M. O. Jackson (2008), Social and Economic Networks. Princeton University Press.
M. O. Jackson and Yariv. (2008), “Diffusion, Strategic Interaction, and Social Structure”, in J. Benhabib, A. Bisin and M. O. Jackson (eds.) Handbook of Social Economics, Elsevier.
Lohmann (1994), Information Aggregation Through Costly Political Action, American Economic Review, 84(3), 518-530.
M. E. J. Newman (2002), “Assortative mixing in networks,” Physical Review Letters 89(20): 208701.
M. E. J. Newman (2003), “Mixing patterns in networks,” Physical Review Letters 67(2): 026126.
M. E. J. Newman (2010), Networks: An Introduction. Oxford University Press.
Olson (1965), The Logic of Collective Action. Cambridge, MA: Harvard University Press.
Prell (2012), Social Network Analysis, SAGE Publications Ltd.
C. C. Yin (1998), “Equilibria of Collective Action in Different Distributions of Protest Thresholds.” Public Choice, 97: 535–567.
Zomeren (2009), “Metaphors of Protest: A Classification of Motivations for Collective Action,” Journal of Social Issues, Vol. 65, No. 4, 2009, pp. 661–679.

Reference of Chapter 3
Blume and Easley (1992): “Evolution and Market Behavior,” Journal of Economic Theory, 58, 9-40.
Börgers and Sarin (1997): “Learning Through Reinforcement and Replicator Dynamics,” Journal of Economic Theory, 77, 1-14.
Conlisk (1996): “Bounded Rationality and Market Fluctuations,” Journal of Economic Behavior and Organization, 29, 233-250.
Dridi and Lehmann (2015): “A Model for the Evolution of Reinforcement Learning in Fluctuating Games,” Animal Behavior, 104, 87-114.
Ellison and Fudenberg (1998): “Rules of Thumbs for Social Learning,” Journal of Political Economy, 101(4), 612-643.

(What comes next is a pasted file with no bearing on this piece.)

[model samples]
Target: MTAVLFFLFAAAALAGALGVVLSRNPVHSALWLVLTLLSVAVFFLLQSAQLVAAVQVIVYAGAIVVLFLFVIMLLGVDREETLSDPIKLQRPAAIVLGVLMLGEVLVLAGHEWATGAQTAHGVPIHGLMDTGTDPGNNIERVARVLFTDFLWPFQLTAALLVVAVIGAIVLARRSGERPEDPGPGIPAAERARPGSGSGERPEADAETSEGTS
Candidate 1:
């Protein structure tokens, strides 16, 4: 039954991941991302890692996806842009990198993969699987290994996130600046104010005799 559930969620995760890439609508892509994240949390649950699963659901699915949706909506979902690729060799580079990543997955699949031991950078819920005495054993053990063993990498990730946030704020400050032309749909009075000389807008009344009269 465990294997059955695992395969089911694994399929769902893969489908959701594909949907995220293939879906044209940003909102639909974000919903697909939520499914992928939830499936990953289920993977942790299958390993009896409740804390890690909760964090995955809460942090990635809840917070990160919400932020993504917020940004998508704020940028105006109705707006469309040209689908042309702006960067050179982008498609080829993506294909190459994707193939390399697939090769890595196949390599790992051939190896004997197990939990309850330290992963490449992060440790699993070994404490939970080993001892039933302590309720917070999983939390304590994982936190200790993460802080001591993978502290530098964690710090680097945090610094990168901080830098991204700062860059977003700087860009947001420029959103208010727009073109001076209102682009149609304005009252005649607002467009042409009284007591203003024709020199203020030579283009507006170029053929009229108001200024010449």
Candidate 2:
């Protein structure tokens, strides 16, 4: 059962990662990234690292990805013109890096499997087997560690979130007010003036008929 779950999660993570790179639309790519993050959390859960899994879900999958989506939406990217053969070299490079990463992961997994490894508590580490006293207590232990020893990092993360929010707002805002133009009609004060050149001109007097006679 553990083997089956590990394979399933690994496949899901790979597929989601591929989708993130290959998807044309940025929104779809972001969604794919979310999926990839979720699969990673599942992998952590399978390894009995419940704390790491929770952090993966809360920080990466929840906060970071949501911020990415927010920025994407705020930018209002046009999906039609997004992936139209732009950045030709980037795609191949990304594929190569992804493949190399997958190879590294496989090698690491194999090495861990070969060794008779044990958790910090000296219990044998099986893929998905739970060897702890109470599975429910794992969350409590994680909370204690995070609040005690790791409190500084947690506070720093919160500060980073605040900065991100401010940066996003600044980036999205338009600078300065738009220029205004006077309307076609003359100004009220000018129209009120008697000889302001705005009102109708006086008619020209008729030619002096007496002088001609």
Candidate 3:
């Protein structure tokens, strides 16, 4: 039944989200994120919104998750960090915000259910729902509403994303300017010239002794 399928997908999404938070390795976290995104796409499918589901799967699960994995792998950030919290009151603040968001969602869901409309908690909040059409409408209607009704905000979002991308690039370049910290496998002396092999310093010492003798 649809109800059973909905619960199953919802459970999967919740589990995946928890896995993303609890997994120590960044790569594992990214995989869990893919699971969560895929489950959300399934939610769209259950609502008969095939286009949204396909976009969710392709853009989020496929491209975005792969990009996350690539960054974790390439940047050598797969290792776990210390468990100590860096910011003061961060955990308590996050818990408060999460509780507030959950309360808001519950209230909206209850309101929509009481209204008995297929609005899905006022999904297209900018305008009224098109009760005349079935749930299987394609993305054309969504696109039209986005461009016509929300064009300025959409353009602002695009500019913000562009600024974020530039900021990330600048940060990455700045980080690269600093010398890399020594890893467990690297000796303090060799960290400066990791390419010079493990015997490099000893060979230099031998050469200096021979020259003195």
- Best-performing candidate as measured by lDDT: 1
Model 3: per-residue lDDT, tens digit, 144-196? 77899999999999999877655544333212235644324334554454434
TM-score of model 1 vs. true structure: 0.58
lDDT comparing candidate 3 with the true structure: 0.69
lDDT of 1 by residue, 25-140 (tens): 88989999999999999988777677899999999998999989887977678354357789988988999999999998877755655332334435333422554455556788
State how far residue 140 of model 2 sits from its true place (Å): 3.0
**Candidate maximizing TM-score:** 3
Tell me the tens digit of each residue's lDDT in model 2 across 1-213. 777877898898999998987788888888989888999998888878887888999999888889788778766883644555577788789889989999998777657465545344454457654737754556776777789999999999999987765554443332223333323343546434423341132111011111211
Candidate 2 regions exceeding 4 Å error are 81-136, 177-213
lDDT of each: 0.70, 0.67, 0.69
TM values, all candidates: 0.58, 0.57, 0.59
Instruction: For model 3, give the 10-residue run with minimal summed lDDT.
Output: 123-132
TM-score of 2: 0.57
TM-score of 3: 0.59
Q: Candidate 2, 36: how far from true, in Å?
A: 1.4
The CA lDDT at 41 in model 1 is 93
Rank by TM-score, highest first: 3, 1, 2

Fudenberg and Levine (1998): The Theory of Learning in Games. MIT press.
Frongillo, Schoenebeck and Tamuz (2011): “Social Learning in a Changing World,” In: Chen N., Elkind E., Koutsoupias E. (eds) Internet and Network Economics. WINE 2011. Lecture Notes in Computer Science, vol 7090. Springer, Berlin, Heidelberg.
Friedman (1991): “Evolutionary Games in Economics,” Econometrica, 59(3), 637-666.
Gomes (2012): “Discrete Dynamics in Evolutionary Games,” Discrete Dynamics in Nature and Society.
Heller (2004): “An Evolutionary Approach to Learning in a Changing Environment,” Journal of Economic Theory, 114, 31-55.
Mohlin (2012): “Evolution of Theories of Mind,” Games and Economic Behavior, 75, 299-318.
Mengel (2012): “Learning across Games,” Game and Economic Behavior, 74,601-619.
Stahl (1993): “The Evolution of Smart_n Players,” Game and Economic Behavior, 5, 604-617.

Reference of Chapter 4
Bakshy, Messing and Adamic (2015), “Exposure to ideologically diverse news and opinion on Facebook”, Science. Vol. 348, Issue 6239, 1130-1132.
Barbera et. al. (2015), “Tweeting from left to right: Is online political communication more than an echo chamber”, Psychological Science, Vol. 26(10) 1531–1542.
DeGroot (1974), “Reaching a Consensus, ” Journal of the American Statistical Association, 118-121.
Flaxman, Goel and Rao (2016), “Filter bubbles, echo chambers and online news consumption”, Public Opinion Quaterly, Vol. 80, Special Issue, 298–320.
Gentzkow and Shapiro (2011), “ideological segregation online and offline”, Quarterly Journal of Economics (126), 1799-1839.
Jackson (2008), Social and Economic Network, Princeton Press.
Lorenz (2005), “A Stabilization Theorem for Dynamics of Continuous Opinions, ” Physica A (355), 217-223.
Pariser (2011), The Filter Bubble: What The Internet Is Hiding From You, Penguin UK.
Sunstein (2009), Going to Extremes: How Like Minds Unite and Divide, Oxford University Press.